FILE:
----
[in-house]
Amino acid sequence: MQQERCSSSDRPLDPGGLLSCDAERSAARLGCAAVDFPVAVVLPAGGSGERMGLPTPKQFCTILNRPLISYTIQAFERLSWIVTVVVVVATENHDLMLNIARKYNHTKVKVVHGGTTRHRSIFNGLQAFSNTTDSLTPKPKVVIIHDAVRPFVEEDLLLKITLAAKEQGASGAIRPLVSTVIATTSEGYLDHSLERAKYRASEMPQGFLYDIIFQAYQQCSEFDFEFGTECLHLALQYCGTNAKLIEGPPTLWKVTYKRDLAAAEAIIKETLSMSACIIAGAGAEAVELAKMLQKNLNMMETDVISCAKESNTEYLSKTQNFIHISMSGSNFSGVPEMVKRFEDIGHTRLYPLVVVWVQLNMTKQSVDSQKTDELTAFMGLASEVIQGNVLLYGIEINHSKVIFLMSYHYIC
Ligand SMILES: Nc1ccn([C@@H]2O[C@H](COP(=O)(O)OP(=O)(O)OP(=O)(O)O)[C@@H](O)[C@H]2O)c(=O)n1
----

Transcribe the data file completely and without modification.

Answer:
[in-house]
Amino acid sequence: MQQERCSSSDRPLDPGGLLSCDAERSAARLGCAAVDFPVAVVLPAGGSGERMGLPTPKQFCTILNRPLISYTIQAFERLSWIVTVVVVVATENHDLMLNIARKYNHTKVKVVHGGTTRHRSIFNGLQAFSNTTDSLTPKPKVVIIHDAVRPFVEEDLLLKITLAAKEQGASGAIRPLVSTVIATTSEGYLDHSLERAKYRASEMPQGFLYDIIFQAYQQCSEFDFEFGTECLHLALQYCGTNAKLIEGPPTLWKVTYKRDLAAAEAIIKETLSMSACIIAGAGAEAVELAKMLQKNLNMMETDVISCAKESNTEYLSKTQNFIHISMSGSNFSGVPEMVKRFEDIGHTRLYPLVVVWVQLNMTKQSVDSQKTDELTAFMGLASEVIQGNVLLYGIEINHSKVIFLMSYHYIC
Ligand SMILES: Nc1ccn([C@@H]2O[C@H](COP(=O)(O)OP(=O)(O)OP(=O)(O)O)[C@@H](O)[C@H]2O)c(=O)n1